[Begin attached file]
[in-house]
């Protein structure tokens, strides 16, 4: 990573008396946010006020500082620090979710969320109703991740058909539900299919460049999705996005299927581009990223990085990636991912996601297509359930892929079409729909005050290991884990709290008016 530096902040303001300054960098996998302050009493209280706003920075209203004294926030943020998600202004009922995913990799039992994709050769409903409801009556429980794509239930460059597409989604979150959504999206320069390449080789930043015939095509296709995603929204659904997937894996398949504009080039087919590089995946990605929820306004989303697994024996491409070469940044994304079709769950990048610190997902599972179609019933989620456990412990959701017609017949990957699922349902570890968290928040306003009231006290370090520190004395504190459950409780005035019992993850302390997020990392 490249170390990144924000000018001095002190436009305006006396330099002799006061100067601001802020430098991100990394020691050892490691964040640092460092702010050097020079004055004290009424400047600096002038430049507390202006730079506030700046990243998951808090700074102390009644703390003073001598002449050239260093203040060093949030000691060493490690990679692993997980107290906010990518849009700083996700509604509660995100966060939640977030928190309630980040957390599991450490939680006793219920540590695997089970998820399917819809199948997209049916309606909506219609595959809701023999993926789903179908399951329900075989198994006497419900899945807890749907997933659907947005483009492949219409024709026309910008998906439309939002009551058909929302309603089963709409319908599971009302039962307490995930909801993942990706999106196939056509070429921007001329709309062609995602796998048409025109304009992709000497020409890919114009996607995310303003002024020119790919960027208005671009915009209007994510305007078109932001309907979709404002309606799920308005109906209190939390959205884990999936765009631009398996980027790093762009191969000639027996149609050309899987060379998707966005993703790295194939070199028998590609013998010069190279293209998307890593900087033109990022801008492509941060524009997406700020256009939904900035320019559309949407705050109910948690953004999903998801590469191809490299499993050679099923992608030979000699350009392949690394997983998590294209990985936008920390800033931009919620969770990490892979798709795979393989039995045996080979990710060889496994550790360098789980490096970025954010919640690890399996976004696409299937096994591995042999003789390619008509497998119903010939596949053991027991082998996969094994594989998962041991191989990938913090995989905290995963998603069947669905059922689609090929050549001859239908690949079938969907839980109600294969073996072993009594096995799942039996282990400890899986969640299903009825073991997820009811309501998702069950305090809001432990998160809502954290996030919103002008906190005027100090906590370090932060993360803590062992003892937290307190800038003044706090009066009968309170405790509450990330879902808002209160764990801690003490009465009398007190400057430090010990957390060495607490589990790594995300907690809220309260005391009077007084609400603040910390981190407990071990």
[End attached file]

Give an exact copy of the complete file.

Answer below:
[in-house]
């Protein structure tokens, strides 16, 4: 990573008396946010006020500082620090979710969320109703991740058909539900299919460049999705996005299927581009990223990085990636991912996601297509359930892929079409729909005050290991884990709290008016 530096902040303001300054960098996998302050009493209280706003920075209203004294926030943020998600202004009922995913990799039992994709050769409903409801009556429980794509239930460059597409989604979150959504999206320069390449080789930043015939095509296709995603929204659904997937894996398949504009080039087919590089995946990605929820306004989303697994024996491409070469940044994304079709769950990048610190997902599972179609019933989620456990412990959701017609017949990957699922349902570890968290928040306003009231006290370090520190004395504190459950409780005035019992993850302390997020990392 490249170390990144924000000018001095002190436009305006006396330099002799006061100067601001802020430098991100990394020691050892490691964040640092460092702010050097020079004055004290009424400047600096002038430049507390202006730079506030700046990243998951808090700074102390009644703390003073001598002449050239260093203040060093949030000691060493490690990679692993997980107290906010990518849009700083996700509604509660995100966060939640977030928190309630980040957390599991450490939680006793219920540590695997089970998820399917819809199948997209049916309606909506219609595959809701023999993926789903179908399951329900075989198994006497419900899945807890749907997933659907947005483009492949219409024709026309910008998906439309939002009551058909929302309603089963709409319908599971009302039962307490995930909801993942990706999106196939056509070429921007001329709309062609995602796998048409025109304009992709000497020409890919114009996607995310303003002024020119790919960027208005671009915009209007994510305007078109932001309907979709404002309606799920308005109906209190939390959205884990999936765009631009398996980027790093762009191969000639027996149609050309899987060379998707966005993703790295194939070199028998590609013998010069190279293209998307890593900087033109990022801008492509941060524009997406700020256009939904900035320019559309949407705050109910948690953004999903998801590469191809490299499993050679099923992608030979000699350009392949690394997983998590294209990985936008920390800033931009919620969770990490892979798709795979393989039995045996080979990710060889496994550790360098789980490096970025954010919640690890399996976004696409299937096994591995042999003789390619008509497998119903010939596949053991027991082998996969094994594989998962041991191989990938913090995989905290995963998603069947669905059922689609090929050549001859239908690949079938969907839980109600294969073996072993009594096995799942039996282990400890899986969640299903009825073991997820009811309501998702069950305090809001432990998160809502954290996030919103002008906190005027100090906590370090932060993360803590062992003892937290307190800038003044706090009066009968309170405790509450990330879902808002209160764990801690003490009465009398007190400057430090010990957390060495607490589990790594995300907690809220309260005391009077007084609400603040910390981190407990071990």